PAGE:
Wednesday, August 05, 2009

Apologetics Conference Set

Excerpts of Conference to address Mormon history controversies,
A conference for Latter-day Saints apologists is set to convene later this week to discuss controversial aspects of Mormon history.  Presenters at the Foundation for Apologetic Information & Research (FAIR) conference "come with a desire to help defend the gospel and share evidences of its truth" by addressing some of the more problematic issues of LDS church history.

Brant Gardner will discuss Joseph Smith's use of  seer stones to search for buried treasure in the early 1820s, and to translate the Book of Mormon.

McKay White will address issues surrounding the "Kirkland Safety Society Anti-Banking Company" set up by Joseph Smith and other early church leaders that ultimately failed due to the national financial crisis of 1837.

Joseph Smith's introduction and practice of plural marriage has been controversial since it's inception, and while no longer practiced by the mainstream church, it remains an uncomfortable topic for it's members.  Yet  Greg Smith's presentation "Everything You Always Wanted to Know About Plural Marriage,  But Were Afraid To Ask" will provide a forum for those who want to learn more.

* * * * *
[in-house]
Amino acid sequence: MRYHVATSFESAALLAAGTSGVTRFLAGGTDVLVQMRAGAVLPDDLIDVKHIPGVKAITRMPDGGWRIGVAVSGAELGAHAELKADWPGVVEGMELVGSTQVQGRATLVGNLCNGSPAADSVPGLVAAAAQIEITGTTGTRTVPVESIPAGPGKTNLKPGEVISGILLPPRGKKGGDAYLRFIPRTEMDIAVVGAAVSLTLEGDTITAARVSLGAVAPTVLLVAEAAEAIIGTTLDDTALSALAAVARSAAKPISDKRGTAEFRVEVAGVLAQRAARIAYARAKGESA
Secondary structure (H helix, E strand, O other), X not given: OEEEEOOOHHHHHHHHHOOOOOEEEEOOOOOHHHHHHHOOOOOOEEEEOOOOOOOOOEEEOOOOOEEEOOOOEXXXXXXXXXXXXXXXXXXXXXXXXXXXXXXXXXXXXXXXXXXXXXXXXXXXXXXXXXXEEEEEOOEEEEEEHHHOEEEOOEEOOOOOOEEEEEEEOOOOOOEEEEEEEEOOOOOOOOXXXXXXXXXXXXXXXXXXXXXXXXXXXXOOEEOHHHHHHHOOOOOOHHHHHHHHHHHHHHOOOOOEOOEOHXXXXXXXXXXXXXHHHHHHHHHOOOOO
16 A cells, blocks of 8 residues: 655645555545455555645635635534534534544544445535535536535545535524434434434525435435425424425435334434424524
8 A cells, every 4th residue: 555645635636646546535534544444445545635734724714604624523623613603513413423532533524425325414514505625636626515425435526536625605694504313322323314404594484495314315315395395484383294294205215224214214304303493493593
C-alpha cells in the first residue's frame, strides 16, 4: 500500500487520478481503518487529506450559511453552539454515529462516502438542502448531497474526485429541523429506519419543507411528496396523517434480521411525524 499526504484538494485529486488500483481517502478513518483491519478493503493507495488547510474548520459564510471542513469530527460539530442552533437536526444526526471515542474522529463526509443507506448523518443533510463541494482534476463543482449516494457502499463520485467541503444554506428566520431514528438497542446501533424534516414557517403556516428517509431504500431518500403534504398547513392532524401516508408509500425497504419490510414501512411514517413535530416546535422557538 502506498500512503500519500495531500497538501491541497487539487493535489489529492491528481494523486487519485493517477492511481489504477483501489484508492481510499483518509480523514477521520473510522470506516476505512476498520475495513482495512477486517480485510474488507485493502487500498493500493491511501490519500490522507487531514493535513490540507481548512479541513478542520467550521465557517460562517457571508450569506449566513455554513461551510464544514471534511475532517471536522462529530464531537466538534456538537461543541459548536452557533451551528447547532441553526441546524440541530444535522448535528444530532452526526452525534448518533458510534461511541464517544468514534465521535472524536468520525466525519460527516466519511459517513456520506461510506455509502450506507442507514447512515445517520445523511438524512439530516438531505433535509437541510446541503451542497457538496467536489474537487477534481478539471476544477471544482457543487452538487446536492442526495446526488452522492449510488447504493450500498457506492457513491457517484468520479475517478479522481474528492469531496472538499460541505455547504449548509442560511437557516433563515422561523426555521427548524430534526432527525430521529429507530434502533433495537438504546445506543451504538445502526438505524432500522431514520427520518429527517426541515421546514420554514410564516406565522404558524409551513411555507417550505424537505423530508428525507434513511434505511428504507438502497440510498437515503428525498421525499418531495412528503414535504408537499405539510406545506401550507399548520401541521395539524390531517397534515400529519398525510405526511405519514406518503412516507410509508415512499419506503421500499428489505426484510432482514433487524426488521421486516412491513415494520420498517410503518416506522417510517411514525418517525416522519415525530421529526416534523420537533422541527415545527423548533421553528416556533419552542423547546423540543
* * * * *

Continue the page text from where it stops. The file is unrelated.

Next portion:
Brigham Young's Adam God Theory will be addressed by Matthew Brown, and Ron Barney will address criticisms regarding "the reliability of Mormon History Produced by the LDS Church."

According to Scott Gordon, President of FAIR "this year's speakers will address wide-ranging topics sure to please every interest. We invite you to join us for a frank, thought-provoking, faith-building, and enjoyable experience."

The conference will be this Thursday and Friday (Aug 6-7)  at the South Towne Exposition Center in Sandy, Utah.

Read the entire article here.


Jon Spell said...

I couldn't possibly attend, but I would love to see a transcript of the plural marriage forum. =)

Clair Barrus said...

Yes indeed.

I understand that audience members can write their questions on cards, and that they will be addressed.